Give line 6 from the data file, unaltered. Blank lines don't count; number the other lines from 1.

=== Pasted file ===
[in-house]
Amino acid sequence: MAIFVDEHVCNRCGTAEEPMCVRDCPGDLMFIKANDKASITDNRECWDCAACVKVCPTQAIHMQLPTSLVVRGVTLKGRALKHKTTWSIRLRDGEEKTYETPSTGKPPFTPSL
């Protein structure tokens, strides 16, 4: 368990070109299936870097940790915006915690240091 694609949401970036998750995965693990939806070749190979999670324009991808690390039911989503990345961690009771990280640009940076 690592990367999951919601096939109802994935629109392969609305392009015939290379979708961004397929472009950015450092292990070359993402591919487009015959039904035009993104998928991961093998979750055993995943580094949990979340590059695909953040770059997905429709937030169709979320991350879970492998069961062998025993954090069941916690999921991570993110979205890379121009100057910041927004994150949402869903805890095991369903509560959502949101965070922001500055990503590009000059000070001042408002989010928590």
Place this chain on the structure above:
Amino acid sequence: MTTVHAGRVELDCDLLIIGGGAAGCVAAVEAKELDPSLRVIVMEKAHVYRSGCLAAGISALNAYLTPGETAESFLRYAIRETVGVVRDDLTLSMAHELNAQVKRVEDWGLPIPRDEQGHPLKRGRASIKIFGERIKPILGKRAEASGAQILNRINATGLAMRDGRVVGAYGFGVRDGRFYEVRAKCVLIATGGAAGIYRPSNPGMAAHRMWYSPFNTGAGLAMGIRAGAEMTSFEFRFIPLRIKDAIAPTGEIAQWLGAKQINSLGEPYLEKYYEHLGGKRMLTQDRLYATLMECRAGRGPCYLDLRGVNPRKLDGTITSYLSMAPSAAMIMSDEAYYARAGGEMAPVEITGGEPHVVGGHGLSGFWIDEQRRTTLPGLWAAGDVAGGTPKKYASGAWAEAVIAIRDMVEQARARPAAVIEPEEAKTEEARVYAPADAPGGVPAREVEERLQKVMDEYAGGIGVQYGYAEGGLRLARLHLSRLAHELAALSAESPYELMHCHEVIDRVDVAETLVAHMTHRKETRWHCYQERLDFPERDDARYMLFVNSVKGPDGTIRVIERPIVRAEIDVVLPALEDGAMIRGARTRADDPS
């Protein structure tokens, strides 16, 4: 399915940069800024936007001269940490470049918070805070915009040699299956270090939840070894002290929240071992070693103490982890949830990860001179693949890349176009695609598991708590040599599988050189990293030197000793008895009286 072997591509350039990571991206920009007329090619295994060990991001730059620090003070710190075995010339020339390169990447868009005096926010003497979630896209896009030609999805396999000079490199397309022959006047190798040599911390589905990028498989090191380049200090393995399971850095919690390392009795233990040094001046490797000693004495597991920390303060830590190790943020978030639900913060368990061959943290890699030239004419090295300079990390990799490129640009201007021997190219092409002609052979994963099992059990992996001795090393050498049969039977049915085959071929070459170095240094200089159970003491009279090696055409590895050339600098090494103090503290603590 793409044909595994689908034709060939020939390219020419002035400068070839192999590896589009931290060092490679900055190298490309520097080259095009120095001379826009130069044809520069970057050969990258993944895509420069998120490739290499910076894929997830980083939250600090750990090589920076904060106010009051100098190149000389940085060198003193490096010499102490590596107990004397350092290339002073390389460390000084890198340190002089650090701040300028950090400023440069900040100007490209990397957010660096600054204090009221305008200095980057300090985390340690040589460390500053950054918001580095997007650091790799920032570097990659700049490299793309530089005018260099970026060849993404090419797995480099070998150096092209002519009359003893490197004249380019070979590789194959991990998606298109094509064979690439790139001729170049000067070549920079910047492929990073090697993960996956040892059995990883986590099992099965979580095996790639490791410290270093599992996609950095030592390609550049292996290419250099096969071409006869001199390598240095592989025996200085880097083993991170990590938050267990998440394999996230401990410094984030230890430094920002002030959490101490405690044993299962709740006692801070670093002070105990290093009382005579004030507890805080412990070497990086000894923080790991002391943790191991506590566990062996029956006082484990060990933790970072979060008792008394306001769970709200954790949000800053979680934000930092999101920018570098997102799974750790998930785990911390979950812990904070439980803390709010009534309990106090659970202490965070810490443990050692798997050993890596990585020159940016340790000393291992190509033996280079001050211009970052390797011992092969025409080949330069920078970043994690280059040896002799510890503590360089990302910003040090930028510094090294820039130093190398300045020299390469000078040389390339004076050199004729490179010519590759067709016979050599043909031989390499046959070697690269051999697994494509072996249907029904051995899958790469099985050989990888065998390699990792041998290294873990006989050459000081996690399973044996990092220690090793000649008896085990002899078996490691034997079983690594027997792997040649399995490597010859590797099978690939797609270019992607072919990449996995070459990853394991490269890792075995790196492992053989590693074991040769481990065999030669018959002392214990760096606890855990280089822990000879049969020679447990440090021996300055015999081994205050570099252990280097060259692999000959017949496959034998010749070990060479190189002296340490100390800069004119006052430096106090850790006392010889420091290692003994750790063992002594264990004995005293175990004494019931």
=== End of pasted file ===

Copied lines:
């Protein structure tokens, strides 16, 4: 399915940069800024936007001269940490470049918070805070915009040699299956270090939840070894002290929240071992070693103490982890949830990860001179693949890349176009695609598991708590040599599988050189990293030197000793008895009286 072997591509350039990571991206920009007329090619295994060990991001730059620090003070710190075995010339020339390169990447868009005096926010003497979630896209896009030609999805396999000079490199397309022959006047190798040599911390589905990028498989090191380049200090393995399971850095919690390392009795233990040094001046490797000693004495597991920390303060830590190790943020978030639900913060368990061959943290890699030239004419090295300079990390990799490129640009201007021997190219092409002609052979994963099992059990992996001795090393050498049969039977049915085959071929070459170095240094200089159970003491009279090696055409590895050339600098090494103090503290603590 793409044909595994689908034709060939020939390219020419002035400068070839192999590896589009931290060092490679900055190298490309520097080259095009120095001379826009130069044809520069970057050969990258993944895509420069998120490739290499910076894929997830980083939250600090750990090589920076904060106010009051100098190149000389940085060198003193490096010499102490590596107990004397350092290339002073390389460390000084890198340190002089650090701040300028950090400023440069900040100007490209990397957010660096600054204090009221305008200095980057300090985390340690040589460390500053950054918001580095997007650091790799920032570097990659700049490299793309530089005018260099970026060849993404090419797995480099070998150096092209002519009359003893490197004249380019070979590789194959991990998606298109094509064979690439790139001729170049000067070549920079910047492929990073090697993960996956040892059995990883986590099992099965979580095996790639490791410290270093599992996609950095030592390609550049292996290419250099096969071409006869001199390598240095592989025996200085880097083993991170990590938050267990998440394999996230401990410094984030230890430094920002002030959490101490405690044993299962709740006692801070670093002070105990290093009382005579004030507890805080412990070497990086000894923080790991002391943790191991506590566990062996029956006082484990060990933790970072979060008792008394306001769970709200954790949000800053979680934000930092999101920018570098997102799974750790998930785990911390979950812990904070439980803390709010009534309990106090659970202490965070810490443990050692798997050993890596990585020159940016340790000393291992190509033996280079001050211009970052390797011992092969025409080949330069920078970043994690280059040896002799510890503590360089990302910003040090930028510094090294820039130093190398300045020299390469000078040389390339004076050199004729490179010519590759067709016979050599043909031989390499046959070697690269051999697994494509072996249907029904051995899958790469099985050989990888065998390699990792041998290294873990006989050459000081996690399973044996990092220690090793000649008896085990002899078996490691034997079983690594027997792997040649399995490597010859590797099978690939797609270019992607072919990449996995070459990853394991490269890792075995790196492992053989590693074991040769481990065999030669018959002392214990760096606890855990280089822990000879049969020679447990440090021996300055015999081994205050570099252990280097060259692999000959017949496959034998010749070990060479190189002296340490100390800069004119006052430096106090850790006392010889420091290692003994750790063992002594264990004995005293175990004494019931």